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In December 1930, Dr. Z.T. Scott completed a well-prepared history spanning the life and business experiences of Mr. Robert Benjamin Masterson.
Mr. Masterson's life was lived in a manner that follows the Horatio Alger books to a great extent. His ancestors included four Masterson brothers from Ireland, and his mother, Elizabeth Ann Gotcher Masterson, was a young lady of Welsh descent.
His father was a farmer and slave owner who settled in the eastern part of Travis County near the town of Manor. In addition to farming, he operated a freight wagon train of ten ox teams to Port Lavaca, Brownsville, and Houston. He also commenced the raising of horses and cattle on free open range, that introduced Mr. Masterson to the ranching business which he followed as his principal business.
His first schooling was in the Gentry Subscription School located near Webberville, Texas. He later attended Greenwood Masonic Institute. Although he participated in the hard work of helping his father and family, he became a teacher of Cloud School in Williamson County at the age of 18. However, his love for ranching overcame the monotony of teaching with its confinement and his teaching career was abandoned after the first six months to devote his full time to farming and ranching. With the money he earned teaching school, he purchased ox teams and began the cultivation or breaking (first plowing of sod acreage). As time would permit from his own operations, he was employed by members of the Pfluger family to break land for which he received $5.00 per acre or a heifer yearling, which he preferred. At the end of the year he had earned possession of a herd of 65 cattle and the satisfaction of acquiring real property.
In 1872 he decided to devote his talents to ranching and traded his ox teams for a small herd of 150 cattle. He purchased in Llano county an additional 350 head (with funds borrowed from his father) which gave him ownership of a herd of some 500 or 600. The average price of beef, at the time, was $8.00. He closed out the herd at a profit of $1,100, repaid the loan to his father and bought additional cattle.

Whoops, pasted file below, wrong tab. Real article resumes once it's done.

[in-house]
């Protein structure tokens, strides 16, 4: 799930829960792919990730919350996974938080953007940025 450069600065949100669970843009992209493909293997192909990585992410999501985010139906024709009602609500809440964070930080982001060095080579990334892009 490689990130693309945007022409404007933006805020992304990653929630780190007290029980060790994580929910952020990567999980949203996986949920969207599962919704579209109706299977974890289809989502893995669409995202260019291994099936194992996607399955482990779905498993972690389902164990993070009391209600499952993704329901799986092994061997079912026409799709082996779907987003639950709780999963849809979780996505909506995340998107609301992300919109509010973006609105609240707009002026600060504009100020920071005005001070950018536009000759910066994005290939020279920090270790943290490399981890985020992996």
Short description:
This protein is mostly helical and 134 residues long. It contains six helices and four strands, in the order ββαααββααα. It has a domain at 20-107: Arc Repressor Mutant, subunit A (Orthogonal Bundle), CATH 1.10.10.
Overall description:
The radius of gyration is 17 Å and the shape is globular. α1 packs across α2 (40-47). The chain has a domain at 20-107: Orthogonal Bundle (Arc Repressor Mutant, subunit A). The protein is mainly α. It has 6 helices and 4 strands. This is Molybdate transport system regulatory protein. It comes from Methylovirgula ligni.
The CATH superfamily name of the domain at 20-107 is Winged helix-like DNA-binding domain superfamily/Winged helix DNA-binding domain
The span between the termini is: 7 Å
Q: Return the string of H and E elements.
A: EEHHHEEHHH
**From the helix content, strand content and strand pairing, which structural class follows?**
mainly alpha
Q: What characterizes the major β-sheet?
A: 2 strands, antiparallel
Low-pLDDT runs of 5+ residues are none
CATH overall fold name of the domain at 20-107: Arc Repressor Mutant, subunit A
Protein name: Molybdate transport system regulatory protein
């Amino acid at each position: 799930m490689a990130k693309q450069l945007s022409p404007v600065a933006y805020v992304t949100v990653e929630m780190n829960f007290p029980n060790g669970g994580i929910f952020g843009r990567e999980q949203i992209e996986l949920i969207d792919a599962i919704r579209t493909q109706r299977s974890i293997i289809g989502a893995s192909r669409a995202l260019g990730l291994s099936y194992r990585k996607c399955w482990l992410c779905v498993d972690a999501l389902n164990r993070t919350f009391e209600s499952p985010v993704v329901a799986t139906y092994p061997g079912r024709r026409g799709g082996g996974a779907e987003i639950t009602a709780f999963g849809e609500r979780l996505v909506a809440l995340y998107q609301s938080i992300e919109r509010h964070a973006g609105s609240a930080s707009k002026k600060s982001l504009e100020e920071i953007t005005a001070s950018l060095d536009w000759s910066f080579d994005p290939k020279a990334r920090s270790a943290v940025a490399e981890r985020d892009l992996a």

The ownership of his first cow was a gift from his sister for his bravery shown during some required lip surgery, and he immediately named his brand the R6.
On Mr. Masterson's 25th birthday, he left Travis County with a herd of 800 cattle and headed for the Clear Fork of the Brazos. During the travel he encountered a heavy snowstorm and it took 2 weeks of hard work to cross the Colorado River near the San Saba peak. He sold the herd of 800 to parties in Nebraska and made the delivery at Fort Elliott in Wheeler County, Texas. This was his first trip up the trail and his first experience in the Panhandle. The Panhandle country was sparsely settled, and after returning to his ranch in Lampasas County, plans were begun to move westward. By this time Mr. Masterson considered his holdings worth $10,000 which was his goal set earlier in life before he would entertain the idea of matrimony. He lost no time in seeking the hand of Miss Sallie Lee Exum, of Lampasas, and in October 1880 they were married.
In 1882 he delivered 2,500 head of cattle to Bates and Beale in Potter County where these operators had staked off a range of free grass twenty miles square on the Canadian River. This ranch was later sold to the American Pastoral Company, branding LX, and, by coincidence, these lands were 30 years later to become the property of Mr. Masterson.
Mr. Masterson and his first wife had two sons, Robert Benjamin, Jr. and Thomas Bennett. His first wife died at her home in Round Rock in 1884 and was buried there.